Can I resell unlimited long distance minutes?
June 11, 2007 5:45 PM   Subscribe

Telecommunications question: Do any laws or regulations prevent me from getting a license to operate as a telecom carrier, buying a few consumer long distance accounts for unlimited minutes of long distance service over land lines, and then using all those minutes to serve multiple residential customers who purchase long distance coverage from me? Assume I have figured out a way that makes this technologically feasible and that I have the local portion of the call worked out and handled separately. Would it against FCC policies or federal/state law? Would I be avoiding access fees that I'd otherwise be obligated to pay for long distance services?

I know you are not a lawyer, and specifically you are not my lawyer, and that I should consult a lawyer. But any ideas you have on the question are helpful.
posted by Go, now. Go! to Law & Government (7 answers total)
 
Well, for starters it is probably a breach of your contract with the long distance carriers for residential long distance service. Take, for example, AT&T's Unlimited Plus Plan:
This plan covers residential voice calls only and does not include Internet access services, commercial, telemarketing, or other non-residential uses.***

*** If AT&T determines that usage is not consistent with residential voice applications, such as for Internet access services, commercial facsimile or auto-dialing, resale, telemarketing or other non-residential uses, AT&T may immediately suspend, restrict or cancel your service without prior notice.
So they'll probably pull the plug as soon as they notice what you're doing.
posted by grouse at 5:51 PM on June 11, 2007


What grouse said.

You're talking about being a CLEC, (competitive local exchange carrier) which falls under the auspices of your local public utilities commission. More importantly, you're not able to guarantee things like redundant routing on 9-1-1 calls and provide adequate hardware/software backup in the event of an outage. Do you really want to run that risk?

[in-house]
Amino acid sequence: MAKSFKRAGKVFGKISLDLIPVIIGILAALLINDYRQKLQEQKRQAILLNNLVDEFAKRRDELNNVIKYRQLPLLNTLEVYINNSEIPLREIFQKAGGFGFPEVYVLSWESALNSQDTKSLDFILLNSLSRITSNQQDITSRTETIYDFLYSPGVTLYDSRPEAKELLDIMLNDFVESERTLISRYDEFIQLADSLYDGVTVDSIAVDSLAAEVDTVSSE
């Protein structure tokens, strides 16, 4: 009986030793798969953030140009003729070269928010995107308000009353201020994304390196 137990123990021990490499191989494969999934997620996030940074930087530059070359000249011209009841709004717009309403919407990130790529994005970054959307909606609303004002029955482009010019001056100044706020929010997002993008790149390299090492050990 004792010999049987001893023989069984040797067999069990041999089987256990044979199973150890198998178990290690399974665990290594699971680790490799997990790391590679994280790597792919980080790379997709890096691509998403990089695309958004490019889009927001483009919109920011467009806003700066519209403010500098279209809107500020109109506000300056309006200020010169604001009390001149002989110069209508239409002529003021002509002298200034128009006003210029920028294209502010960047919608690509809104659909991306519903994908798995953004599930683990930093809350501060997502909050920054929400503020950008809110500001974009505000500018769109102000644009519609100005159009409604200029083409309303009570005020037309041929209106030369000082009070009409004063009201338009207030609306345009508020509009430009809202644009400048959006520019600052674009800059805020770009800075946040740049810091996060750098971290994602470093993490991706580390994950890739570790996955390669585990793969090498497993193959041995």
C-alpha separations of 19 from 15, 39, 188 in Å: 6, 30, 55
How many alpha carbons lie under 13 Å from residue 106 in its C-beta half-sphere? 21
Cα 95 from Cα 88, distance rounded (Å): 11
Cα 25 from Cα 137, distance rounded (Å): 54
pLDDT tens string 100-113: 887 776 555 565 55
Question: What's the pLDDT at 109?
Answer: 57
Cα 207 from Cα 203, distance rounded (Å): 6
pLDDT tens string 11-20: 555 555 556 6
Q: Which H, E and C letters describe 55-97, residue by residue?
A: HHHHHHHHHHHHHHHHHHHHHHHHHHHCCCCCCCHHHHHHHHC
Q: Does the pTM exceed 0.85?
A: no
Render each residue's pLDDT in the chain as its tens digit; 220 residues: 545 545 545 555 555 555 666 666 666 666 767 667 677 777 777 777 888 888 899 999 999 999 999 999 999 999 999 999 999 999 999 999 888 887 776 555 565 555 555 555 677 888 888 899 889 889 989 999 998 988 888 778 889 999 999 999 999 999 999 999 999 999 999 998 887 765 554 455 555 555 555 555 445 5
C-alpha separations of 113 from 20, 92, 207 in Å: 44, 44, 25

There are ways to be a paper CLEC, where you actually lease space in a central office or POP, and do what you want to do, but they require significant investment and a lot of patience to go through the process.

It is POSSIBLE, in SOME states, to do this WITHOUT going through the PUC, however, you need a) some kind of hardware/software (soft switch, for example) living in a solid server farm, and you need to lease blocks of subscriber lines from the ILEC (baby bell) and you essentially re-sell the services. It's not a one man operation, and it's not easy to break into. It CAN be lucrative, but it takes time.
posted by TeamBilly at 6:04 PM on June 11, 2007


Response by poster: Thanks very much for the helpful responses. Here is a clarification: I really don't want to buy the services wholesale -- the plan would involve taking retail unlimited minutes and using them for multiple customers. If we assume I had the individual contractual problems that grouse noted handled (as well as TeamBilly's technological problems of redundant routing etc), are there any laws or regulations that would say I can't do it?
posted by Go, now. Go! at 6:30 PM on June 11, 2007


Indeed, in their example, the OP wants to be a long distance reseller.

There are thousands and thousands of communications resellers. Remember those 10-10-321 people? The calling card people? VoIP providers like Vonage? (Note that Vonage isn't even a CLEC -- they resell services from CLECs over the IP network.) They're all doing the same thing you want to do, taking long distance services from the big names and selling it under their name. You're stepping into a crowded field.